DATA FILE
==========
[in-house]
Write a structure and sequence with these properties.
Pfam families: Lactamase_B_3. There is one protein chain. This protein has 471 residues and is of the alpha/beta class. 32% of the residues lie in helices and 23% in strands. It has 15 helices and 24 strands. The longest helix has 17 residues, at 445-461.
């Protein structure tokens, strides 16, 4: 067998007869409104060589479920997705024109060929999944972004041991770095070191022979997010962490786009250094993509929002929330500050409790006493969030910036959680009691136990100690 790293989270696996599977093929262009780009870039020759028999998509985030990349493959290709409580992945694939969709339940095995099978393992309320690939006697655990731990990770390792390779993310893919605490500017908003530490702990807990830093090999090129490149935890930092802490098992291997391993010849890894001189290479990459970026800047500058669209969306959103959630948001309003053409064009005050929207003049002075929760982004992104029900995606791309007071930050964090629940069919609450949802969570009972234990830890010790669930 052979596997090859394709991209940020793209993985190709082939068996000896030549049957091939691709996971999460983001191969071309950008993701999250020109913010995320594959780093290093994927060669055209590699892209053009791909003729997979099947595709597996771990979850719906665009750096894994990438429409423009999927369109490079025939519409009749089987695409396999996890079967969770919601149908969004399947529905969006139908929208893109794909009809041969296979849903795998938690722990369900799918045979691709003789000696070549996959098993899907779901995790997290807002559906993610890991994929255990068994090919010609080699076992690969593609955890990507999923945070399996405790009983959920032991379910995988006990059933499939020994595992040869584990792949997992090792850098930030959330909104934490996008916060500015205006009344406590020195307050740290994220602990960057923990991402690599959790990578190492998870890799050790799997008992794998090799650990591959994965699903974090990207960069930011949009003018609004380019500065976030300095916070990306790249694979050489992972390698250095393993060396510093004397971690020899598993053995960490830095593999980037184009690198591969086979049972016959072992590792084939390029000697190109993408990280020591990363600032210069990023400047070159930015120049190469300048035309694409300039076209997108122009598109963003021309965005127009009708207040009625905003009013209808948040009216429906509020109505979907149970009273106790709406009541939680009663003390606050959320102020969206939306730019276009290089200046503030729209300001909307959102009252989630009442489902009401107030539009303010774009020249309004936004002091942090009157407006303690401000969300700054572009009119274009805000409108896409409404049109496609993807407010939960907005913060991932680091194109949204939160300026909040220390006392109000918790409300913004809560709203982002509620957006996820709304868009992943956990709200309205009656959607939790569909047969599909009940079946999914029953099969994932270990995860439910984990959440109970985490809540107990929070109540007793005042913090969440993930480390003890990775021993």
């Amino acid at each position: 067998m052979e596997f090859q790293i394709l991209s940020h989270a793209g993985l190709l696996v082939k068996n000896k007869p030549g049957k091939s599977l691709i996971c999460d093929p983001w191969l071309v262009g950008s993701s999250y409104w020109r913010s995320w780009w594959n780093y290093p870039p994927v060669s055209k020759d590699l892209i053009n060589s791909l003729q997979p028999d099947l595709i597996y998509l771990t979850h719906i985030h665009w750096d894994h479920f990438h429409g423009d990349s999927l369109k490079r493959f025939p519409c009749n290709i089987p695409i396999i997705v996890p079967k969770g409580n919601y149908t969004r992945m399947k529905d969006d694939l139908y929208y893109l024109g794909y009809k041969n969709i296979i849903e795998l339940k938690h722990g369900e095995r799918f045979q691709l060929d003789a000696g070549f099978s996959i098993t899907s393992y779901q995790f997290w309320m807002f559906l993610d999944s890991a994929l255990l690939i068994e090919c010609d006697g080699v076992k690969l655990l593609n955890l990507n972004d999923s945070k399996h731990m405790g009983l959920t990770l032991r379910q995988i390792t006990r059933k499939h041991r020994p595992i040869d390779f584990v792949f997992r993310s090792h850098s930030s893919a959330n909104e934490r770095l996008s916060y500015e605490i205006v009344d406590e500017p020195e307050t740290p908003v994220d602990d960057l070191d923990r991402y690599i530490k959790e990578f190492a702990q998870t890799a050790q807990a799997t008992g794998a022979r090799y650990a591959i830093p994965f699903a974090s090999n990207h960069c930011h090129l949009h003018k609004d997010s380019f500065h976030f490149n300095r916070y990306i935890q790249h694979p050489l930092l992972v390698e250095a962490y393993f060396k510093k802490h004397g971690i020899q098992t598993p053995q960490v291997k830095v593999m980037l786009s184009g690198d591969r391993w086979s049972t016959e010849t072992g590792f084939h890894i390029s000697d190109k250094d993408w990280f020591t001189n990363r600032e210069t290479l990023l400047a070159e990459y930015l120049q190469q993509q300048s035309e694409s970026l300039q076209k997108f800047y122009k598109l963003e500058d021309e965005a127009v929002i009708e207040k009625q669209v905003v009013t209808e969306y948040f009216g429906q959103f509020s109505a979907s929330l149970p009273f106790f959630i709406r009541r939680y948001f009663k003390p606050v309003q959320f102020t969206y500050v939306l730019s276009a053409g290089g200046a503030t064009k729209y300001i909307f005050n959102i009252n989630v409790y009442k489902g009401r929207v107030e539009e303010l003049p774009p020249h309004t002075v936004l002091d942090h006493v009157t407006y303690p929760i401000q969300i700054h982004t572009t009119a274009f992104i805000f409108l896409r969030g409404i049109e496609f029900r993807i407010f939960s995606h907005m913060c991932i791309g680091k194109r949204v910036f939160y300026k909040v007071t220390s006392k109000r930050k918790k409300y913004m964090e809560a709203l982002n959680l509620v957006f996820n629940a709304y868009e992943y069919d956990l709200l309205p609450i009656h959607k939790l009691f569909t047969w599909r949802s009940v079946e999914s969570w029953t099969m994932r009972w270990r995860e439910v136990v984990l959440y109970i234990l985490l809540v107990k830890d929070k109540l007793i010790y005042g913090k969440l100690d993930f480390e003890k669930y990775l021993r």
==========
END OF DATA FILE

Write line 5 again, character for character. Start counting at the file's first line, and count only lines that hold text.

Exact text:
């Amino acid at each position: 067998m052979e596997f090859q790293i394709l991209s940020h989270a793209g993985l190709l696996v082939k068996n000896k007869p030549g049957k091939s599977l691709i996971c999460d093929p983001w191969l071309v262009g950008s993701s999250y409104w020109r913010s995320w780009w594959n780093y290093p870039p994927v060669s055209k020759d590699l892209i053009n060589s791909l003729q997979p028999d099947l595709i597996y998509l771990t979850h719906i985030h665009w750096d894994h479920f990438h429409g423009d990349s999927l369109k490079r493959f025939p519409c009749n290709i089987p695409i396999i997705v996890p079967k969770g409580n919601y149908t969004r992945m399947k529905d969006d694939l139908y929208y893109l024109g794909y009809k041969n969709i296979i849903e795998l339940k938690h722990g369900e095995r799918f045979q691709l060929d003789a000696g070549f099978s996959i098993t899907s393992y779901q995790f997290w309320m807002f559906l993610d999944s890991a994929l255990l690939i068994e090919c010609d006697g080699v076992k690969l655990l593609n955890l990507n972004d999923s945070k399996h731990m405790g009983l959920t990770l032991r379910q995988i390792t006990r059933k499939h041991r020994p595992i040869d390779f584990v792949f997992r993310s090792h850098s930030s893919a959330n909104e934490r770095l996008s916060y500015e605490i205006v009344d406590e500017p020195e307050t740290p908003v994220d602990d960057l070191d923990r991402y690599i530490k959790e990578f190492a702990q998870t890799a050790q807990a799997t008992g794998a022979r090799y650990a591959i830093p994965f699903a974090s090999n990207h960069c930011h090129l949009h003018k609004d997010s380019f500065h976030f490149n300095r916070y990306i935890q790249h694979p050489l930092l992972v390698e250095a962490y393993f060396k510093k802490h004397g971690i020899q098992t598993p053995q960490v291997k830095v593999m980037l786009s184009g690198d591969r391993w086979s049972t016959e010849t072992g590792f084939h890894i390029s000697d190109k250094d993408w990280f020591t001189n990363r600032e210069t290479l990023l400047a070159e990459y930015l120049q190469q993509q300048s035309e694409s970026l300039q076209k997108f800047y122009k598109l963003e500058d021309e965005a127009v929002i009708e207040k009625q669209v905003v009013t209808e969306y948040f009216g429906q959103f509020s109505a979907s929330l149970p009273f106790f959630i709406r009541r939680y948001f009663k003390p606050v309003q959320f102020t969206y500050v939306l730019s276009a053409g290089g200046a503030t064009k729209y300001i909307f005050n959102i009252n989630v409790y009442k489902g009401r929207v107030e539009e303010l003049p774009p020249h309004t002075v936004l002091d942090h006493v009157t407006y303690p929760i401000q969300i700054h982004t572009t009119a274009f992104i805000f409108l896409r969030g409404i049109e496609f029900r993807i407010f939960s995606h907005m913060c991932i791309g680091k194109r949204v910036f939160y300026k909040v007071t220390s006392k109000r930050k918790k409300y913004m964090e809560a709203l982002n959680l509620v957006f996820n629940a709304y868009e992943y069919d956990l709200l309205p609450i009656h959607k939790l009691f569909t047969w599909r949802s009940v079946e999914s969570w029953t099969m994932r009972w270990r995860e439910v136990v984990l959440y109970i234990l985490l809540v107990k830890d929070k109540l007793i010790y005042g913090k969440l100690d993930f480390e003890k669930y990775l021993r």